3. Oklahoma City streetcar

Oklahoma City, Oklahoma

OKC Streetcar
  • Technology: Modern streetcar (Brooksville Liberty)
  • Date completed: December 14, 2018
  • Length: 4.8 miles
  • Construction cost: $136 million
  • Construction cost per mile: $28 million

First conceived in a 2005 regional transit study, the Oklahoma City Streetcar (OKC Streetcar) was completed in 2018. Financed through MAPS 3, a sales tax-financed public works program, the OKC Streetcar features two lines that connect the city’s central business district with the entertainment district, Bricktown, and Midtown. Streetcars operate seven days a week on a headway of 15-18 minutes.

4. QLINE Streetcar

Detroit, Michigan

QLINE streetcar in Detroit
  • Technology: Modern streetcar (Brooksville Liberty)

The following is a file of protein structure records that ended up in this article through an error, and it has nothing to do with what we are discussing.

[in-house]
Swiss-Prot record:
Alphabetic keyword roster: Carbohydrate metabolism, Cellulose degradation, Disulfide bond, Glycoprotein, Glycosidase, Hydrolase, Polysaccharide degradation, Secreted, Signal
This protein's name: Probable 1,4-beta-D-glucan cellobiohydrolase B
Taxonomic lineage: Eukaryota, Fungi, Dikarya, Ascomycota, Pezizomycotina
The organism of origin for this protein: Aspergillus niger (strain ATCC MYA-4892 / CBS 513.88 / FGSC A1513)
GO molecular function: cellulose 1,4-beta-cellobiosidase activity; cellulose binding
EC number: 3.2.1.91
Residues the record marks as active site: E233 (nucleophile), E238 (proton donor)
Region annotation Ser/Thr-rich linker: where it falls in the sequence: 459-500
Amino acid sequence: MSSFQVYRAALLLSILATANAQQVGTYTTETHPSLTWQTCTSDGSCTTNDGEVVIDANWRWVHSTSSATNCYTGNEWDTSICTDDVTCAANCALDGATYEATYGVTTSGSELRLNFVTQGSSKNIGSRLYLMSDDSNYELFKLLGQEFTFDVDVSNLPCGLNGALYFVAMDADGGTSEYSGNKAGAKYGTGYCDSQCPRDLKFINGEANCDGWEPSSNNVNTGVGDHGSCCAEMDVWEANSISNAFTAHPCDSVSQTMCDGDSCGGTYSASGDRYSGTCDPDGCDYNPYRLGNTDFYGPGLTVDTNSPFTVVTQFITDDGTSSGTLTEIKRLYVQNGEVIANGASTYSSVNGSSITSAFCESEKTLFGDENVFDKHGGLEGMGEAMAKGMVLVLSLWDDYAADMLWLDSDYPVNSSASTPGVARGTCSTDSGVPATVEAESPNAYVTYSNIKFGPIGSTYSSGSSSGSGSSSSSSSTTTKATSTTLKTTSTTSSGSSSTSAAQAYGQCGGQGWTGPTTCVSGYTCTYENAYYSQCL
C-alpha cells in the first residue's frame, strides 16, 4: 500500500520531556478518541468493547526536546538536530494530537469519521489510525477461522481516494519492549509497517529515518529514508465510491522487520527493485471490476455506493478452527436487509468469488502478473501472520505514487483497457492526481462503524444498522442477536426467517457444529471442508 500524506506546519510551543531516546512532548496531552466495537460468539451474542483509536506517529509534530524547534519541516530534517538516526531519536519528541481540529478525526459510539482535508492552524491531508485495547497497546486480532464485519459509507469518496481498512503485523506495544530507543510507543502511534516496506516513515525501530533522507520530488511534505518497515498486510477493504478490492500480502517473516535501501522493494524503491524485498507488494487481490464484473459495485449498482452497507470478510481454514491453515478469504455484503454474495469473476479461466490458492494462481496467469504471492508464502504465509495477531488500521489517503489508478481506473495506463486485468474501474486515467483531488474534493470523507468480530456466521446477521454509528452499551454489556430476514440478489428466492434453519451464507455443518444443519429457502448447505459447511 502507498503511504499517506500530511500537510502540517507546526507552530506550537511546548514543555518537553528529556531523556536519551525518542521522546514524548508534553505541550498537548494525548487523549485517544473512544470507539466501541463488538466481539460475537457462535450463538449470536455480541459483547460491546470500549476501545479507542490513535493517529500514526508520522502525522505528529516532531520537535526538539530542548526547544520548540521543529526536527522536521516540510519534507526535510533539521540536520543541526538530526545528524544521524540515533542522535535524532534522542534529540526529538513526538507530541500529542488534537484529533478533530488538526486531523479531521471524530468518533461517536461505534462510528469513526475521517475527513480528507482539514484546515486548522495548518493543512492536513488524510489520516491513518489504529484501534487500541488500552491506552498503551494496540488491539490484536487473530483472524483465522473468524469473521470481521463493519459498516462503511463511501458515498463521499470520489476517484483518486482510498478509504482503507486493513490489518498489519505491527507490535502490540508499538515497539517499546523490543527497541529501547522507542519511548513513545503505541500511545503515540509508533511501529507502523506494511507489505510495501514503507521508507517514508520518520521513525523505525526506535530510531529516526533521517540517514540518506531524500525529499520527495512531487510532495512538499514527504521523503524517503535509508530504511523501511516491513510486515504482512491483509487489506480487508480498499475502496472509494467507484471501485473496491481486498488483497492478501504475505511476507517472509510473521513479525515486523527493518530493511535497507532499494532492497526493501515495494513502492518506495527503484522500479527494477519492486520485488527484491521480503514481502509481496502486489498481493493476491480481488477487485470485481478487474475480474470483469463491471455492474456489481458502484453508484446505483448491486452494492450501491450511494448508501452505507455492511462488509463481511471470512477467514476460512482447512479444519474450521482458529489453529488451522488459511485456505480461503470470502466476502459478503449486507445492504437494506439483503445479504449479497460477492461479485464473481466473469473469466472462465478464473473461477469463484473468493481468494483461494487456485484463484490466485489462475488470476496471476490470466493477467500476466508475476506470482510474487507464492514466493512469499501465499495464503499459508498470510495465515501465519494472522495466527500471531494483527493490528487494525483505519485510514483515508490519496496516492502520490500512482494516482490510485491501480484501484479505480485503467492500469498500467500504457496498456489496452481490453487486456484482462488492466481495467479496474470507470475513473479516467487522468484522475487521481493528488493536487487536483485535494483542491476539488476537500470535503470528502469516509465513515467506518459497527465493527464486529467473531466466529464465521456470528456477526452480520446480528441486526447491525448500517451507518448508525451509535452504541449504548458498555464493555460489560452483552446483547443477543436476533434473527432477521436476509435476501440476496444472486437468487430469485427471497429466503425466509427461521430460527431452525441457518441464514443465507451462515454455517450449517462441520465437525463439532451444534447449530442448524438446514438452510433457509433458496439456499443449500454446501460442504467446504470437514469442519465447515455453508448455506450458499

• Year completed: 2017
  • Length: 3.4 miles
  • Total construction cost: $187 million
  • Construction cost per mile: $55 million

Situated between Downtown Detroit and New Center, Midtown is a mixed-use neighborhood undergoing significant redevelopment. Surrounded by freeways, the neighborhood is home to some of Detroit’s largest employers, including the Detroit Medical Center and Wayne State University. Much of the recent infill development has been stimulated by the presence of The QLINE. The QLINE is a 3.3-mile-long modern streetcar line that connects Midtown with Downtown Detroit and New Center. Completed in 2017, the streetcar line runs along Woodward Avenue, linking the Detroit River waterfront and Detroit People Mover (the JTA Skyway’s sibling) with an Amtrak intercity rail station in New Center.


author image The Jaxson Ennis Davis, AICP is an urban planner and member of the city of Jacksonville's Downtown Development Review Board. He is also co-owner of The Jaxson and Modern Cities.
author image The Jaxson Ennis Davis, AICP is an urban planner and member of the city of Jacksonville's Downtown Development Review Board. He is also co-owner of The Jaxson and Modern Cities.